Wakame is a type of seaweed used eaten in Japanese cuisine. Learn about its culinary uses, varieties, health benefits, and how to incorporate more wakame into your diet.
Wakame (わかめ・若布) is a type of edible seaweed. It is commonly used in miso soup, tofu salad, and side dishes such as sunomono. It’s a nutrient-dense sea vegetable cultivated in Japan and Korea for centuries.
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What Is Wakame
Grown in cool and mineral-rich arctic currents, wakame (undaria pinnatifida) has been harvested in Japan for generations since the Nara period (710-794). The green or brown algae can be called “sea mustard” due to its resemblance to cooked mustard greens. It’s more sustainable than wild harvesting and can protect reefs from storms and filter pollutants from seawater.
What Does It Taste Like
It has a briny, subtly sweet, and umami flavor. The texture can be described as silky, satiny, and slightly rubbery.
How To Use
Outside of Japan, you will most likely find dried or salted wakame. As dried and salted wakame is high in sodium, you must soak it in water before use. As it expands when reconstituted, you may want to start with a pinch of wakame and see how much you need.
You can find fresh wakame in Japan year-round.
Where To Buy
You can find dried wakame in most Asian/Chinese/Japanese grocery stores or perhaps even in the Asian section at the supermarket. Salted wakame is in the refrigerated section, and dried wakame is in the pantry aisle. You can also find it online at Amazon and other online retail sites. It may be packaged as long or short strips.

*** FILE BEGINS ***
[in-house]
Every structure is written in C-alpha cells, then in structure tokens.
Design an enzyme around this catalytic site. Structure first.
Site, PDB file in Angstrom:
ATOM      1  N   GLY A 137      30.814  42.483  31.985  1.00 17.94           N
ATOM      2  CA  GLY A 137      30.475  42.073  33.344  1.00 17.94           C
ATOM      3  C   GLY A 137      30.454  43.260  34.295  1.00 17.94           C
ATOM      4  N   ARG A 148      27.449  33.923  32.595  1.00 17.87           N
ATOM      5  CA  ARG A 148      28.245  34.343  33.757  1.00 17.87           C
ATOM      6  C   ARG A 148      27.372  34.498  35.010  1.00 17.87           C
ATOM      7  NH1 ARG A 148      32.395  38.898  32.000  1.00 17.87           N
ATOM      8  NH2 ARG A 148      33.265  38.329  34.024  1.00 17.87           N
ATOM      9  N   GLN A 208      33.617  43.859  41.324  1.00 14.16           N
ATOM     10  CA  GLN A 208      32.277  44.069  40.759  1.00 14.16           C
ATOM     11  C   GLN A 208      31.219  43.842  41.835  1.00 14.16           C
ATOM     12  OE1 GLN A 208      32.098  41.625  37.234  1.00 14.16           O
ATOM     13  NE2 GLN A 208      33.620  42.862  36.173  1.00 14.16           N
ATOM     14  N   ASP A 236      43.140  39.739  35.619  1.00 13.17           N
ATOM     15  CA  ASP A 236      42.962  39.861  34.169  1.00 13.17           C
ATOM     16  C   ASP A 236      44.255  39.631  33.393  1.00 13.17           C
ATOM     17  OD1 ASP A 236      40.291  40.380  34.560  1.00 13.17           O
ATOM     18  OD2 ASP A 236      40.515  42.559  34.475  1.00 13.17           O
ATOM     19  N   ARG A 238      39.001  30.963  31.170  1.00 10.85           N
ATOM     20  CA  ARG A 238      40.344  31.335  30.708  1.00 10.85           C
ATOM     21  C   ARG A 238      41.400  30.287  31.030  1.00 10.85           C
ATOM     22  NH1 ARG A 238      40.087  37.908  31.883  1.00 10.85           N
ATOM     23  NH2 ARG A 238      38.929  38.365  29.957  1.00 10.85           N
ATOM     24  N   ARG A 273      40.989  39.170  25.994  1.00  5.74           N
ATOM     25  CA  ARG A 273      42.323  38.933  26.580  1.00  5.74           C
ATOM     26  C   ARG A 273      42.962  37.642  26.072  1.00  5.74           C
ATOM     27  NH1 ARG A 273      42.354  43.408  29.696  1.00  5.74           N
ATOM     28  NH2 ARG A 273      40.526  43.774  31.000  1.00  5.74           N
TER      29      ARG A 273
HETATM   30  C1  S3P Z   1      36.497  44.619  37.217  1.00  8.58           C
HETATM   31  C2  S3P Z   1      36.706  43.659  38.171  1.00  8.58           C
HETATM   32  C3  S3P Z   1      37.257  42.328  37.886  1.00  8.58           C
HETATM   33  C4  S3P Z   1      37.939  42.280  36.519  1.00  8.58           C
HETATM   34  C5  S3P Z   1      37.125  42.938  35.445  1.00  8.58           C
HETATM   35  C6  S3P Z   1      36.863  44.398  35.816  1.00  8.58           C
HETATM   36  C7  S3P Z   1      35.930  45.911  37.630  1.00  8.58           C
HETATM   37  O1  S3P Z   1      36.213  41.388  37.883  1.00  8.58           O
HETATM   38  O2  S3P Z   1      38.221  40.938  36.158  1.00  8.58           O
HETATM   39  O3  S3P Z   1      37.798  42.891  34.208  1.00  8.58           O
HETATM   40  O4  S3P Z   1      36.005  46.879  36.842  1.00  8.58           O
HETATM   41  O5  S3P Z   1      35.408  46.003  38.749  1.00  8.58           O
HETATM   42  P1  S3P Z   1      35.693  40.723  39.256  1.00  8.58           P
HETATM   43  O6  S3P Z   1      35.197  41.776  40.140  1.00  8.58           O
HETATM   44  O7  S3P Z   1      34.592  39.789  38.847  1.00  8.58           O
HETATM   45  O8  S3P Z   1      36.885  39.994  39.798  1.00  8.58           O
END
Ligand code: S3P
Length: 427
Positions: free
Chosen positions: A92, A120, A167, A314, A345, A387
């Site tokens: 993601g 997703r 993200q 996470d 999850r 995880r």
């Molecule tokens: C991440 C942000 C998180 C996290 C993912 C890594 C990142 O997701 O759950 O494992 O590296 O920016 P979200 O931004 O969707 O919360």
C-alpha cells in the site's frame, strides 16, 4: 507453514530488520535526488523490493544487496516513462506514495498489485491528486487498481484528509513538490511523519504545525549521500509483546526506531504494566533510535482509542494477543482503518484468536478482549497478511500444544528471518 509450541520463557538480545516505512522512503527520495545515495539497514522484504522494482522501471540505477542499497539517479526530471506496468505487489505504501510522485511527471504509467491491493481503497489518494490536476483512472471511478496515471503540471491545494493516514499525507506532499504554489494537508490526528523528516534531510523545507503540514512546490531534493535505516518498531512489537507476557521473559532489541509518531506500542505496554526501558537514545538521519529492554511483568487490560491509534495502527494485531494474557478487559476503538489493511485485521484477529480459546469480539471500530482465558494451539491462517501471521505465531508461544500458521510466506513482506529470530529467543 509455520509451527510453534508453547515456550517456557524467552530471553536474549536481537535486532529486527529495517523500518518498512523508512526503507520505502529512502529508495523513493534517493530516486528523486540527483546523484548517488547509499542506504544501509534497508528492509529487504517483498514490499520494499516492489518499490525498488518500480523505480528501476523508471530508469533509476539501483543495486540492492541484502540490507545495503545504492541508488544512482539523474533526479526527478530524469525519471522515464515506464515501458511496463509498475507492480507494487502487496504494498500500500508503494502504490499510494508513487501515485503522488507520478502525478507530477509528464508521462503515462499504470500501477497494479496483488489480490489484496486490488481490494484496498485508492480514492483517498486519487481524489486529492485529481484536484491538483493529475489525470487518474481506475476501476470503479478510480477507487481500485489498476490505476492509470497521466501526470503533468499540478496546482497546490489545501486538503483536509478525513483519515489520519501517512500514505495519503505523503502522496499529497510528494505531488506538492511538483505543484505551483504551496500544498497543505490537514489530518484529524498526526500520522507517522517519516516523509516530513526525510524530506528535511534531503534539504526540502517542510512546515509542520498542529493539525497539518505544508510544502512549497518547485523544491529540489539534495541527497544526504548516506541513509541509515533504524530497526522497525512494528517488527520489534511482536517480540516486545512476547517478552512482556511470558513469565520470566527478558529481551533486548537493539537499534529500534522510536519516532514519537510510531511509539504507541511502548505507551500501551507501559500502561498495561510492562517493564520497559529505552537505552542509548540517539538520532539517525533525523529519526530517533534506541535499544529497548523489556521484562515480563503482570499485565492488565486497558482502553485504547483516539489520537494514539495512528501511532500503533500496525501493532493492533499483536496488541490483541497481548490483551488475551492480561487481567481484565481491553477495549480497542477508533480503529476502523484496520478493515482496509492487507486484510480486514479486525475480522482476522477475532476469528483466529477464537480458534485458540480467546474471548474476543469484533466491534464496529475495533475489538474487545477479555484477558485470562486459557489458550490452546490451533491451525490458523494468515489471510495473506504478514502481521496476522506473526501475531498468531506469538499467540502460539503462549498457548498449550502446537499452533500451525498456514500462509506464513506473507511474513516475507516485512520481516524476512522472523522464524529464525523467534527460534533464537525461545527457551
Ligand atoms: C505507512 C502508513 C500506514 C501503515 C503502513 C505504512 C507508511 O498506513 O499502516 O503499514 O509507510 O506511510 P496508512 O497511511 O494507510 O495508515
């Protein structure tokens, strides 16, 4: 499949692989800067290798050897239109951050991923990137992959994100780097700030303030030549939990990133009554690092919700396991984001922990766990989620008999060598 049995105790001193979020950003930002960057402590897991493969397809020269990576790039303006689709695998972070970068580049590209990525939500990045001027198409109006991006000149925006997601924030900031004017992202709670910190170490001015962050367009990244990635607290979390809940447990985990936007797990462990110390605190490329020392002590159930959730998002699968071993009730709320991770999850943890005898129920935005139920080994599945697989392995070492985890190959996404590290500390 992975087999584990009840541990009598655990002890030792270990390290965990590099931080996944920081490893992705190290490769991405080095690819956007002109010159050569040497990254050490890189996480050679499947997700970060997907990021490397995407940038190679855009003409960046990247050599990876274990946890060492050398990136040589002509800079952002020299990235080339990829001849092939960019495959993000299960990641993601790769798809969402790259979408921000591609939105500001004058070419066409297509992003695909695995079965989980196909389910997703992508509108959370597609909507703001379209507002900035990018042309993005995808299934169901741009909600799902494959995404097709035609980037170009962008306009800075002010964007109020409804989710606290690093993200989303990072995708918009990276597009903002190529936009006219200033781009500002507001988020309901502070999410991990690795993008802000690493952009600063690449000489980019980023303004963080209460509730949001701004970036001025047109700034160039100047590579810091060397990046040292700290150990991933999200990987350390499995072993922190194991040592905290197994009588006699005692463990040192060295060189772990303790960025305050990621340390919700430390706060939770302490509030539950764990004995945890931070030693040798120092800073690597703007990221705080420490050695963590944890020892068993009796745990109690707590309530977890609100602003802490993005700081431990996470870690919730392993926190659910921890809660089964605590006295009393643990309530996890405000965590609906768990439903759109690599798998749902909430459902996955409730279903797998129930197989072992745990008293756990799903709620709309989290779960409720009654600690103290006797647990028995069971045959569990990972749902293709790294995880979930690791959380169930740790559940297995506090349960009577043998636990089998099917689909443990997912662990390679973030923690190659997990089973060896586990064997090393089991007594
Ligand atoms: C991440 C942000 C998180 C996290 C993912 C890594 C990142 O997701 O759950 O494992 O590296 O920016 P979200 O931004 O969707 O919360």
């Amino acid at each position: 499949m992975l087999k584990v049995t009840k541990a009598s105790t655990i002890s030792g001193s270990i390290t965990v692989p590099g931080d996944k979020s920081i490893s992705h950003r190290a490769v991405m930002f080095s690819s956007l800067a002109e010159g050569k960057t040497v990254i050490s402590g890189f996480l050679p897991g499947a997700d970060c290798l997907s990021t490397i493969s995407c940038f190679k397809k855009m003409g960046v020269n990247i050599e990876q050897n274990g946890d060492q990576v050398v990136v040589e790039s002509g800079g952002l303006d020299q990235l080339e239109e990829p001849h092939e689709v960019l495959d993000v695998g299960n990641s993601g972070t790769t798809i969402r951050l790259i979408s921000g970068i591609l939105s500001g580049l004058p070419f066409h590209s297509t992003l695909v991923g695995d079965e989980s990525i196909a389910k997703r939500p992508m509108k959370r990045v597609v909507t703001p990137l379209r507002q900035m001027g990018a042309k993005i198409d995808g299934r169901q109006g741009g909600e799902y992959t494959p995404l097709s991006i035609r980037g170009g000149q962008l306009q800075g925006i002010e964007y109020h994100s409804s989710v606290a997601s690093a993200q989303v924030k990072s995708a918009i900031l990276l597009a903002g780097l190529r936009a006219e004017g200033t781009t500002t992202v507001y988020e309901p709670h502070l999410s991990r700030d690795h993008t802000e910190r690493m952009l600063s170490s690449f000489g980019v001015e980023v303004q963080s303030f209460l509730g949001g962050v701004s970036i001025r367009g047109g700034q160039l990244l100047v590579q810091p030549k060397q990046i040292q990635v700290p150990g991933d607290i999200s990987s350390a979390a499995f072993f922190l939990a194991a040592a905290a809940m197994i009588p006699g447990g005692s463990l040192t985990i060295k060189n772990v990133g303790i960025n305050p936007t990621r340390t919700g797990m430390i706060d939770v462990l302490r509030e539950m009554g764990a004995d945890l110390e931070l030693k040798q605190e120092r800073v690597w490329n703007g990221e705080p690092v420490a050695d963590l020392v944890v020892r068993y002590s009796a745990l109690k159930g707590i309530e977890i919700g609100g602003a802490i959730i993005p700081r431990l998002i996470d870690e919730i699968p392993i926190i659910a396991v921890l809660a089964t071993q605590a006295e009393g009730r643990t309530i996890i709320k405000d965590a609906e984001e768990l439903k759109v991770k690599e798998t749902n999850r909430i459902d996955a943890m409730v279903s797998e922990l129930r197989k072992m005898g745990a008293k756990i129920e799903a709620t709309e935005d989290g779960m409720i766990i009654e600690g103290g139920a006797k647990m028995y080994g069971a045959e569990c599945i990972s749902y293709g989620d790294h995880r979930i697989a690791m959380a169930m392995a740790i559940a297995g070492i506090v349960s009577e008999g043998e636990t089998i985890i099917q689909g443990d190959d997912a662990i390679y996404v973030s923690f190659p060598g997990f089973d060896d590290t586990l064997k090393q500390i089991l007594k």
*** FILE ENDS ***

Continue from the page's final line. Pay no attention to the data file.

Fresh wakame may be difficult to find outside Japan, but it is kept in the refrigerated section.
How To Choose The Best
Check the label when buying it. You can find dried and salted wakame imported from Japan.
How To Store
Store opened or unopened dried wakame in your pantry or anywhere with low humidity. Make sure to seal opened packets of wakame properly. You can also store rehydrated wakame in the fridge.
Store salted or fresh wakame in the refrigerator. While salted wakame has a more extended expiration date, consume fresh wakame within a few days.
Depending on the dish, you may be able to replace wakame with other types of seaweed.
Surprisingly, there are lots of health benefits of wakame. It’s rich in minerals such as manganese, folate, magnesium, and calcium. It also contains vitamins A, C, E, and K, as well as iron, copper, and phosphorus. Wakame seaweed is also a great plant-based source of omega-3 fatty acids essential for health and well-being.
May help manage body weight
A study on obese mice found that fucoxanthin, a compound in wakame, may promote weight loss and prevent diabetes by promoting fat burning within the fat cells.
May prevent hypothyroidism
Iodine is essential to thyroid function and the production of thyroid hormones, which help support growth, metabolism, protein synthesis, and cell repair. It’s one of the highest foods containing iodine, and consuming wakame can prevent hypothyroidism, a condition triggered by iodine deficiency.
Manage cholesterol and high blood pressure
It also can lower cholesterol and high blood pressure. Although there is limited research on humans, animal studies show that it may play a role in cholesterol management and heart health.
Improve skin conditions
The antioxidants in wakame may help to rejuvenate, moisturize, and improve your skin health.
Recipes Using Wakame
Q: How do I rehydrate dried wakame?
To rehydrate wakame, submerge it in water for 5-10 minutes, squeeze it out, and it’s ready to use! If it still tastes salty, submerge it in clean water and repeat. Dried wakame expands a lot, so start with a pinch or two.
Q: What are the differences between wakame, kombu, nori, and other types of seaweed?
Please read Discover Seaweed: The Essential Ingredient of the Japanese Diet about the different types of seaweed.